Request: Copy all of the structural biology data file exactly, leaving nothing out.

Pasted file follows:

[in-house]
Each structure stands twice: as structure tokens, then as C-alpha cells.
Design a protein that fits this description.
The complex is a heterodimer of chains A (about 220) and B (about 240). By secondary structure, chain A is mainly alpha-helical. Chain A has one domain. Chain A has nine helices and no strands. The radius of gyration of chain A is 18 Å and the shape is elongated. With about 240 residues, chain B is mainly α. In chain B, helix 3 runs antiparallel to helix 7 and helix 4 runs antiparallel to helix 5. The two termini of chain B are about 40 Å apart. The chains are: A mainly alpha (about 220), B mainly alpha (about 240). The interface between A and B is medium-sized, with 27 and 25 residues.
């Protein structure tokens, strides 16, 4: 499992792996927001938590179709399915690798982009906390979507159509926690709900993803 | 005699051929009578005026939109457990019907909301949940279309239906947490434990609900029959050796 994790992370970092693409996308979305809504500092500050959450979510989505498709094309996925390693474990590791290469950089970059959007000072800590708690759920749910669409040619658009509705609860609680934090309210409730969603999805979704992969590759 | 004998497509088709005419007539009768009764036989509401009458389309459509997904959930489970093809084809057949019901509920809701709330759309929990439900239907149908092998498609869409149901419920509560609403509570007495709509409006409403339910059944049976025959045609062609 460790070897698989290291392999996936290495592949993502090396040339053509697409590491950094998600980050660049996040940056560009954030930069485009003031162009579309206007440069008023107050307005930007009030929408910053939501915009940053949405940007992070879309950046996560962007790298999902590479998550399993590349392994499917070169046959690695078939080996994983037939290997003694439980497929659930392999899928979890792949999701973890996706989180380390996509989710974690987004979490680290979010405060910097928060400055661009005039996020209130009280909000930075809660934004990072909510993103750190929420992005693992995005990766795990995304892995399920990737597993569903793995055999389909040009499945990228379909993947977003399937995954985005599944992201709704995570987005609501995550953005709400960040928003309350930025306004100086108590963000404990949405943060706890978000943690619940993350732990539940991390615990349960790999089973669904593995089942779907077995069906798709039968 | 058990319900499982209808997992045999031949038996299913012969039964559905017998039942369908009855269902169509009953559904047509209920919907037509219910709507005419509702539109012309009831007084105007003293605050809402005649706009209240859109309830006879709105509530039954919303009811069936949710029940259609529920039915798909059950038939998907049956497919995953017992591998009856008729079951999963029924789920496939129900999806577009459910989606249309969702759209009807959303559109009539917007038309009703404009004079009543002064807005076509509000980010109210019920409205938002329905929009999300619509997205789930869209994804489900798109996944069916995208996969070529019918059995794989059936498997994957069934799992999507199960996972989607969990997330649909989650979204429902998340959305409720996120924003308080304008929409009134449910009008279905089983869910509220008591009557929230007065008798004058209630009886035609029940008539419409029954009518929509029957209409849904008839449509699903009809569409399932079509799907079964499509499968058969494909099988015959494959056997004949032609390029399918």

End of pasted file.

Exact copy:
[in-house]
Each structure stands twice: as structure tokens, then as C-alpha cells.
Design a protein that fits this description.
The complex is a heterodimer of chains A (about 220) and B (about 240). By secondary structure, chain A is mainly alpha-helical. Chain A has one domain. Chain A has nine helices and no strands. The radius of gyration of chain A is 18 Å and the shape is elongated. With about 240 residues, chain B is mainly α. In chain B, helix 3 runs antiparallel to helix 7 and helix 4 runs antiparallel to helix 5. The two termini of chain B are about 40 Å apart. The chains are: A mainly alpha (about 220), B mainly alpha (about 240). The interface between A and B is medium-sized, with 27 and 25 residues.
């Protein structure tokens, strides 16, 4: 499992792996927001938590179709399915690798982009906390979507159509926690709900993803 | 005699051929009578005026939109457990019907909301949940279309239906947490434990609900029959050796 994790992370970092693409996308979305809504500092500050959450979510989505498709094309996925390693474990590791290469950089970059959007000072800590708690759920749910669409040619658009509705609860609680934090309210409730969603999805979704992969590759 | 004998497509088709005419007539009768009764036989509401009458389309459509997904959930489970093809084809057949019901509920809701709330759309929990439900239907149908092998498609869409149901419920509560609403509570007495709509409006409403339910059944049976025959045609062609 460790070897698989290291392999996936290495592949993502090396040339053509697409590491950094998600980050660049996040940056560009954030930069485009003031162009579309206007440069008023107050307005930007009030929408910053939501915009940053949405940007992070879309950046996560962007790298999902590479998550399993590349392994499917070169046959690695078939080996994983037939290997003694439980497929659930392999899928979890792949999701973890996706989180380390996509989710974690987004979490680290979010405060910097928060400055661009005039996020209130009280909000930075809660934004990072909510993103750190929420992005693992995005990766795990995304892995399920990737597993569903793995055999389909040009499945990228379909993947977003399937995954985005599944992201709704995570987005609501995550953005709400960040928003309350930025306004100086108590963000404990949405943060706890978000943690619940993350732990539940991390615990349960790999089973669904593995089942779907077995069906798709039968 | 058990319900499982209808997992045999031949038996299913012969039964559905017998039942369908009855269902169509009953559904047509209920919907037509219910709507005419509702539109012309009831007084105007003293605050809402005649706009209240859109309830006879709105509530039954919303009811069936949710029940259609529920039915798909059950038939998907049956497919995953017992591998009856008729079951999963029924789920496939129900999806577009459910989606249309969702759209009807959303559109009539917007038309009703404009004079009543002064807005076509509000980010109210019920409205938002329905929009999300619509997205789930869209994804489900798109996944069916995208996969070529019918059995794989059936498997994957069934799992999507199960996972989607969990997330649909989650979204429902998340959305409720996120924003308080304008929409009134449910009008279905089983869910509220008591009557929230007065008798004058209630009886035609029940008539419409029954009518929509029957209409849904008839449509699903009809569409399932079509799907079964499509499968058969494909099988015959494959056997004949032609390029399918």